[No SPF Record] [IMPROVEDX] Culture
rjaffe at CHPSO.ORG
Mon Jun 11 19:03:32 UTC 2018
The other studies show a reasonably strong link.
Some of the problems in making an overall assessment is that culture is very local, varying broadly from department to department within an organization. Within-organization variability is generally much higher than between-organization vulnerability on safety culture surveys. So studies that look at "culture" in the organization as a whole tend to have weaker results. The specific papers do show a decent link.
Also backing this conclusion is that, in other industries, this has been studied and there is a definite link between culture and safety.
I think there is a consensus in health care that there's a link. Look at "to err is human" and subsequent publications from the National Academy of Medicine. These publications strongly presume that culture is important driver of safety.
From: ROBERT M BELL <rmsbell200 at yahoo.com>
Sent: Monday, June 11, 2018 10:47 AM
To: Society to Improve Diagnosis in Medicine <IMPROVEDX at list.improvediagnosis.org>; Rory Jaffe <rjaffe at chpso.org>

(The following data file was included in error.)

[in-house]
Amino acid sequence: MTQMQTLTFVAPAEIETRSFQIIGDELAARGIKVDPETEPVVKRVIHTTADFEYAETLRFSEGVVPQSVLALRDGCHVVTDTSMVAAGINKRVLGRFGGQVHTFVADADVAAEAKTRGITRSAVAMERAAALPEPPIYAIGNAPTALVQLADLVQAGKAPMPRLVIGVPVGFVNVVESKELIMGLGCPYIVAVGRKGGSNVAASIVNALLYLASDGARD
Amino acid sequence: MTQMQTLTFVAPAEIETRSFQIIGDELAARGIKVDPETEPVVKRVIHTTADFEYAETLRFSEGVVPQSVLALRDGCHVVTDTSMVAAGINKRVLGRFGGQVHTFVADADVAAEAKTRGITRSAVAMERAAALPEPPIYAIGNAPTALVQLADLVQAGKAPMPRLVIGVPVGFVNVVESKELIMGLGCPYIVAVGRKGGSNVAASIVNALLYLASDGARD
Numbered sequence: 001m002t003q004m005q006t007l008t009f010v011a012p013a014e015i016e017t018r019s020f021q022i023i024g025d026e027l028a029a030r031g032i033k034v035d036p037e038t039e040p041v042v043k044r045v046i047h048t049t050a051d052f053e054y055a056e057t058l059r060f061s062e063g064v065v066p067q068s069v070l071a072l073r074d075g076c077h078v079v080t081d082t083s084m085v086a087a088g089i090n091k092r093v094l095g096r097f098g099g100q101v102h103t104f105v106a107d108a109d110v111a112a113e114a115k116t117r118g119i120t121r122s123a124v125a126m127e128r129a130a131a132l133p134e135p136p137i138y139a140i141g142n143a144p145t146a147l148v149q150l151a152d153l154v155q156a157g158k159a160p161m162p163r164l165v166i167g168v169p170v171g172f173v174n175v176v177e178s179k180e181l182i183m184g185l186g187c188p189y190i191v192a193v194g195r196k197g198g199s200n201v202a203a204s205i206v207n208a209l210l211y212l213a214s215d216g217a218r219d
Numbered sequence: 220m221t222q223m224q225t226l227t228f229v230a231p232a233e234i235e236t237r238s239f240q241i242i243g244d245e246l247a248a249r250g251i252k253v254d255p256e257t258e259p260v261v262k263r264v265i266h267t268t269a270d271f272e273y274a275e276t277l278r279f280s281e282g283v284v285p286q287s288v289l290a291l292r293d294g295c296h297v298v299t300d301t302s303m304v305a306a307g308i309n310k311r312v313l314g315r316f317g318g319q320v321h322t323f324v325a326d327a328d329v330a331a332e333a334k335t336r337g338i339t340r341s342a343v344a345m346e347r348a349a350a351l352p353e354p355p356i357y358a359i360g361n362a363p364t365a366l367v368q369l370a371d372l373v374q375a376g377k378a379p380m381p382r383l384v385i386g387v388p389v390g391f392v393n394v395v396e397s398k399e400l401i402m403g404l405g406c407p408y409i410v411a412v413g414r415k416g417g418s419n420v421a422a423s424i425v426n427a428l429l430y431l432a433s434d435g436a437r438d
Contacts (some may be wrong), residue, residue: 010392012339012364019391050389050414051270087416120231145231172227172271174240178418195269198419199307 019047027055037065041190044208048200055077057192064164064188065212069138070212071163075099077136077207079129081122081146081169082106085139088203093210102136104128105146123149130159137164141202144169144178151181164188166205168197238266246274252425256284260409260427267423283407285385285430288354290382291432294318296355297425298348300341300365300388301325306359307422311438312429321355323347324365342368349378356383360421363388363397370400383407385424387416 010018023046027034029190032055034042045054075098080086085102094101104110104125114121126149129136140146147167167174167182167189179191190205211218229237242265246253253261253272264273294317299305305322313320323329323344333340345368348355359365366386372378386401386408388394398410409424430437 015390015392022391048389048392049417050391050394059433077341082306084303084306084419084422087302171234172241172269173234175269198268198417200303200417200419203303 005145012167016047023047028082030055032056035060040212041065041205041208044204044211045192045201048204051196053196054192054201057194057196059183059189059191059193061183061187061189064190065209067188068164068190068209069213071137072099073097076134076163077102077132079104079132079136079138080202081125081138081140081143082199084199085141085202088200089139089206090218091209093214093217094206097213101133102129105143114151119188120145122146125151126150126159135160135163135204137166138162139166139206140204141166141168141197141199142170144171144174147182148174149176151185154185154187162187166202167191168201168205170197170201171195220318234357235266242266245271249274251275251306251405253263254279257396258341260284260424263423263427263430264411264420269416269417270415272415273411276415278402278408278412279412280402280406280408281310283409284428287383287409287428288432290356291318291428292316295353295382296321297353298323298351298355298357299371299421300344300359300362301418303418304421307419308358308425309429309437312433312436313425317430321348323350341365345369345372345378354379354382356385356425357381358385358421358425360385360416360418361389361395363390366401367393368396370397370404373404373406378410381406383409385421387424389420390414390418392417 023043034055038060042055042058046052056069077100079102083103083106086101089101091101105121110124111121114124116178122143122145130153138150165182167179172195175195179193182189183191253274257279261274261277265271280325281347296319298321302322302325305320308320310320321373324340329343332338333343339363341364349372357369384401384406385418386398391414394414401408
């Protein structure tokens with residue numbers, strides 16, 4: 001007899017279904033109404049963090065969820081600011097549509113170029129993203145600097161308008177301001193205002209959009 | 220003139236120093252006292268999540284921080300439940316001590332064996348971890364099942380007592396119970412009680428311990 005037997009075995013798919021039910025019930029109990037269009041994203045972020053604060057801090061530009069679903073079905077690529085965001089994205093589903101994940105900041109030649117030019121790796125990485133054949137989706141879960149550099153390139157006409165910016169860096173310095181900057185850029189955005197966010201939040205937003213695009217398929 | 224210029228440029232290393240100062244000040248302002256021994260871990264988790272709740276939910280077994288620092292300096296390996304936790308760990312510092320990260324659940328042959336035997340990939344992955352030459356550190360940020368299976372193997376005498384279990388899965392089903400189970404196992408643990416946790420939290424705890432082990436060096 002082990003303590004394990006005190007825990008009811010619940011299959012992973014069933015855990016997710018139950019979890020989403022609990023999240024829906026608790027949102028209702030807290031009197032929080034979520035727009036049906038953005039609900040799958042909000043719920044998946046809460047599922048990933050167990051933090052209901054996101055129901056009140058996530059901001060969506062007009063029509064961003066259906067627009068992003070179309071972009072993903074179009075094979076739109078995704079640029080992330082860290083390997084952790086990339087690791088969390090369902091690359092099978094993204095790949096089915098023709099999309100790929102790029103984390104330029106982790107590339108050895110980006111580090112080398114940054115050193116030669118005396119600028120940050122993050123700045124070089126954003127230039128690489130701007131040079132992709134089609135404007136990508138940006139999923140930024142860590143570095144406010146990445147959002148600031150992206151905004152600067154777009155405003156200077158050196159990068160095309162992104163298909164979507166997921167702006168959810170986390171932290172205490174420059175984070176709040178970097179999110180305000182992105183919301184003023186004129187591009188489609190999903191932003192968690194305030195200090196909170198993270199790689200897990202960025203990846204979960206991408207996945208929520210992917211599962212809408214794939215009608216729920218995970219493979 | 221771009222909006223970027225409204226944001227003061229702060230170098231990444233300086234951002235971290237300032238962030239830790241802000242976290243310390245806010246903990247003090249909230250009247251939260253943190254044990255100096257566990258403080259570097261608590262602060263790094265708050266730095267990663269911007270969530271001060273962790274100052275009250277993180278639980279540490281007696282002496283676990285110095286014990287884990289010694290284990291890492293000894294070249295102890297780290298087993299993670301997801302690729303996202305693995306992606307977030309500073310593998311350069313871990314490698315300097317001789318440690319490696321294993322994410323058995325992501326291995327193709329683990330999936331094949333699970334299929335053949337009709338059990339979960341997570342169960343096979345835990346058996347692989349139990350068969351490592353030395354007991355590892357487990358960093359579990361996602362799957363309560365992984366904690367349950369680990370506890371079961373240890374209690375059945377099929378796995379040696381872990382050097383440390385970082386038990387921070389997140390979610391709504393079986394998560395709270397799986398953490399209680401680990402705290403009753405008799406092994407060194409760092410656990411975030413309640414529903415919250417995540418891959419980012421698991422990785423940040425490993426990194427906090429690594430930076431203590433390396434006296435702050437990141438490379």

Subject: Re: [No SPF Record] [IMPROVEDX] Culture
Thanks Rory Jaffe,
Do you yourself have an overall opinion? I looked at the Weaver article which evaluated many studies. and, from my limited interpretation, that did not seem too positive.
Is there a general consensus amongst the medical profession as to whether culture is important in preventing errors?
Is to ERR more resistant to intervention than we think?
On Jun 11, 2018, at 9:58 AM, Rory Jaffe <rjaffe at chpso.org<mailto:rjaffe at chpso.org>> wrote:
Weaver SJ, Lubomksi LH, Wilson RF, Pfoh ER, Martinez KA, Dy SM. Promoting a culture of safety as a patient safety strategy: a systematic review. Ann Intern Med. 2013;158(5 Pt 2):369-374. doi:10.7326/0003-4819-158-5-201303051-00002.
Moderator: David Meyers, Board Member, Society to Improve Diagnosis in Medicine
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